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September 19th, 2001 Caryn B. Brooks | Miss Dish
 

Stomaching It

     
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GENTLE, WONDERFUL, BEAUTIFUL READERS,
Know that in traumatic times such as these, Miss Dish loves you very much. Really. Truly.

And while in abstract form, the idea of discussing the matter of restaurants in these dizzying days seems in bad taste, the reality is that for many people out there, restaurants are not just a place to seek sustenance or to celebrate. Rather, they exist as a kind of community center, a reflection of the world large and small.

With that in mind, it pained Miss Dish to hear that the lovely couple that runs Hoda's Middle Eastern restaurant at 3401 SE Belmont Ave. was harassed on the day of the attack. Hani and Hoda Khouri both dealt with separate racial attacks. Last Tuesday, soon after the crashes, Hoda received several menacing anti-Muslim/Arab phone calls at the restaurant. She reported the incidents to the police. Never mind that the Khouris are Catholic; let's say they were Muslim--this kind of ignorance is repulsive.

The good news is that racist reaction hasn't been the norm. "We've had good support from customers and neighbors," Hoda says. Notice she didn't say suppliers. When Hani went to pick up some produce on Tuesday, he says a worker there commented that people who weren't born in America should just leave. Hani says he laughed and said, "I wish that people were smarter than that." Downtown, Tony Karam, who owns the Lebanese-focused Long Island Cafe at 1012 SW Morrison St., says he is receiving nothing but support.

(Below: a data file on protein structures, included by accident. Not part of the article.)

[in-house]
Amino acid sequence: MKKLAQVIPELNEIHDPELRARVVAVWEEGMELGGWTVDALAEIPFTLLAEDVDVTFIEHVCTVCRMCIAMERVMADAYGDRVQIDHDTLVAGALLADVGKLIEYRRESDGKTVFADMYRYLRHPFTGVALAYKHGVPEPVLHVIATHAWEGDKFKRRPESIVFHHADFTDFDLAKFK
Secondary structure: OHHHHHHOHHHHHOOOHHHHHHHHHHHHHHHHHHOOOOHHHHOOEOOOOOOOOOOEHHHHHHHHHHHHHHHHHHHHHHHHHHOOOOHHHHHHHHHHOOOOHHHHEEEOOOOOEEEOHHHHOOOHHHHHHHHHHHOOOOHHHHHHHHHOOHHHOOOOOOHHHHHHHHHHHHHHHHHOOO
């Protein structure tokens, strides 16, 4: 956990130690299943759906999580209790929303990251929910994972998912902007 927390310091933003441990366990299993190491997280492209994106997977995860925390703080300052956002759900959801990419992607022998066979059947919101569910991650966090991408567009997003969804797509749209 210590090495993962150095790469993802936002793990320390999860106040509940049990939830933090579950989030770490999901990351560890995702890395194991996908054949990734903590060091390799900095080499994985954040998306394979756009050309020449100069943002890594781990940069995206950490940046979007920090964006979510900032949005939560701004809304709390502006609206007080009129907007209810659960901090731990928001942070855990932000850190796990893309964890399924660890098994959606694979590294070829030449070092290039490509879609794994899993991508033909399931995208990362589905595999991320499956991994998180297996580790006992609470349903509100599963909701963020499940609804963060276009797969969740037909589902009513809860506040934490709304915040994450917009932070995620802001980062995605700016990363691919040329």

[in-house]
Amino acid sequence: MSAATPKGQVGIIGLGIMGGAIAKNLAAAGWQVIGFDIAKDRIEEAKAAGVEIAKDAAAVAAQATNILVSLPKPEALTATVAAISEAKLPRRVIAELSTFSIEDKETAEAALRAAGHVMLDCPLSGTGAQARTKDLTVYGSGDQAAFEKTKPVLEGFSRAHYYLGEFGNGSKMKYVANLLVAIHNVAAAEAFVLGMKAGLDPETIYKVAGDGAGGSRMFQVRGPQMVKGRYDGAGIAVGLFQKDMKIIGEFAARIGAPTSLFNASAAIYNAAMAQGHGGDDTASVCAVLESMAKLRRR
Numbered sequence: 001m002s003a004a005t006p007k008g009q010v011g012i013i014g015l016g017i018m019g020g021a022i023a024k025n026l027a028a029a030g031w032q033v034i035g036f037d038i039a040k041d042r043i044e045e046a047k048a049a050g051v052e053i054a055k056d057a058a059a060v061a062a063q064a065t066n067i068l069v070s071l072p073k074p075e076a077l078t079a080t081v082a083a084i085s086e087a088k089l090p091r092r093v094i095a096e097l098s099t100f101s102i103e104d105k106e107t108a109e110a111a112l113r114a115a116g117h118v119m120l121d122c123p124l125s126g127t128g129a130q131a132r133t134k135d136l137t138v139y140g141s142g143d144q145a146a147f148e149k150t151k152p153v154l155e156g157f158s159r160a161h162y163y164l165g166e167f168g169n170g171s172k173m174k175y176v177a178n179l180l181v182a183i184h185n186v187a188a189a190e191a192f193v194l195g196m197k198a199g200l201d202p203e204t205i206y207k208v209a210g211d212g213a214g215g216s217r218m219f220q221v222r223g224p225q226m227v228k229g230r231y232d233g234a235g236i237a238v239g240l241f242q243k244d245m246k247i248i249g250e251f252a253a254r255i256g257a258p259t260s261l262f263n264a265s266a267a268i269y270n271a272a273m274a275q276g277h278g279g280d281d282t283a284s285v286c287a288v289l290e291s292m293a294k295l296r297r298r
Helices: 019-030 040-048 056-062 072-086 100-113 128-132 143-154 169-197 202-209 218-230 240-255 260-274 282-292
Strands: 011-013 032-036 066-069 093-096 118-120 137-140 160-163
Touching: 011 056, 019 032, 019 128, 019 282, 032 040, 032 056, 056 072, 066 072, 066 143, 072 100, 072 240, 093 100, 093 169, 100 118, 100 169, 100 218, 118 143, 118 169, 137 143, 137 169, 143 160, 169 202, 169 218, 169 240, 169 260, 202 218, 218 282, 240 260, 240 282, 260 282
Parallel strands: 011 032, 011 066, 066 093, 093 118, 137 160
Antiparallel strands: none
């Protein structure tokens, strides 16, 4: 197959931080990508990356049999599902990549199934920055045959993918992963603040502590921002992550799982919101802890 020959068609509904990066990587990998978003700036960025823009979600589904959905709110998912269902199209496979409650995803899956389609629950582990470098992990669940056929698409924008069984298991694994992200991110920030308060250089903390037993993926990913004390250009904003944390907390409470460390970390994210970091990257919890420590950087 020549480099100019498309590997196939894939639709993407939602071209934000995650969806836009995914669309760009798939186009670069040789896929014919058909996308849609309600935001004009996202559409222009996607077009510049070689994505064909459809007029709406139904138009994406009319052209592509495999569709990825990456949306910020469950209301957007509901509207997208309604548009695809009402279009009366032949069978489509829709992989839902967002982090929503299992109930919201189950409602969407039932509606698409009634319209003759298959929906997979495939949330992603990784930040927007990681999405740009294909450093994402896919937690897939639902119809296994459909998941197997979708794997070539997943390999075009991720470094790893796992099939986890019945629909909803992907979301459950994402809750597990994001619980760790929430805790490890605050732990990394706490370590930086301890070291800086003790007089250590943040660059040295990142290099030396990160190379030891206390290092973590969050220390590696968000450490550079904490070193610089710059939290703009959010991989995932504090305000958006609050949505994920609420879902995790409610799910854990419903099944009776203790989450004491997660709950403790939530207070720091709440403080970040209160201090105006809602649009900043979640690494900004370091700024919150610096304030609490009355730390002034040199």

When Miss Dish spoke with Paul Ornstein, the chef at Southpark (901 SW Salmon St.), he sounded as if someone had siphoned all of the energy out of him. The restaurant closed on Tuesday, and the crew has tried to make it business as usual since then. "Everyone's stomach is knotted up," he says. Ornstein says business is down 40 percent, more so for dinner than for lunch. He says he expects this downturn to last at least a month and maybe until the end of the year. "People are going to tighten up with their money, and I don't blame them," he says. As far as supplies go, Ornstein says imported products will be iffy for some time to come, especially non-local fish. Since we're at the height of the local produce season, those products won't be a problem; however, if there are still spotty flight schedules as we move forward through fall, we will see some blank spots on menus.

Some restaurants that were more than full last week include the eateries attached to hotels where out-of-towners were stranded, such as Pazzo and Red Star Tavern. William Henry, chef/owner of William's on 12th, says that while he's been getting many reservation cancellations, he's also getting some people stopping in partly due to the tragedy. "A 15-top was leaving for Paris, but now they have this French restaurant to eat at," he says.

As Miss Dish found herself careening from restaurant to restaurant each night in an attempt to find brief reprieve from the constant assault of CNN, diners seemed to be in their own bubble of stubborn resolve: The eat goes on. Mint (816 N Russell St.) was full of shiny slacks, tight T-shirts, and fists splayed around avocado daiquiris. The place smelled of the sweetest decline, the Left Bank before it took a turn for the worst. At Milo's City Cafe (1325 NE Broadway) on Friday, lunchtime woofers crowded in as a seemingly unmoving line across the street at Elmer's Flag and Banner stood guard. The always chatty waitresses there seemed in top form with their rat-a-tat banter. When Miss Dish questioned one about the level of perkiness about the place, she smiled with what finally seemed a tired mouth. "They tried to break us," she said. "I won't give them the pleasure."

 
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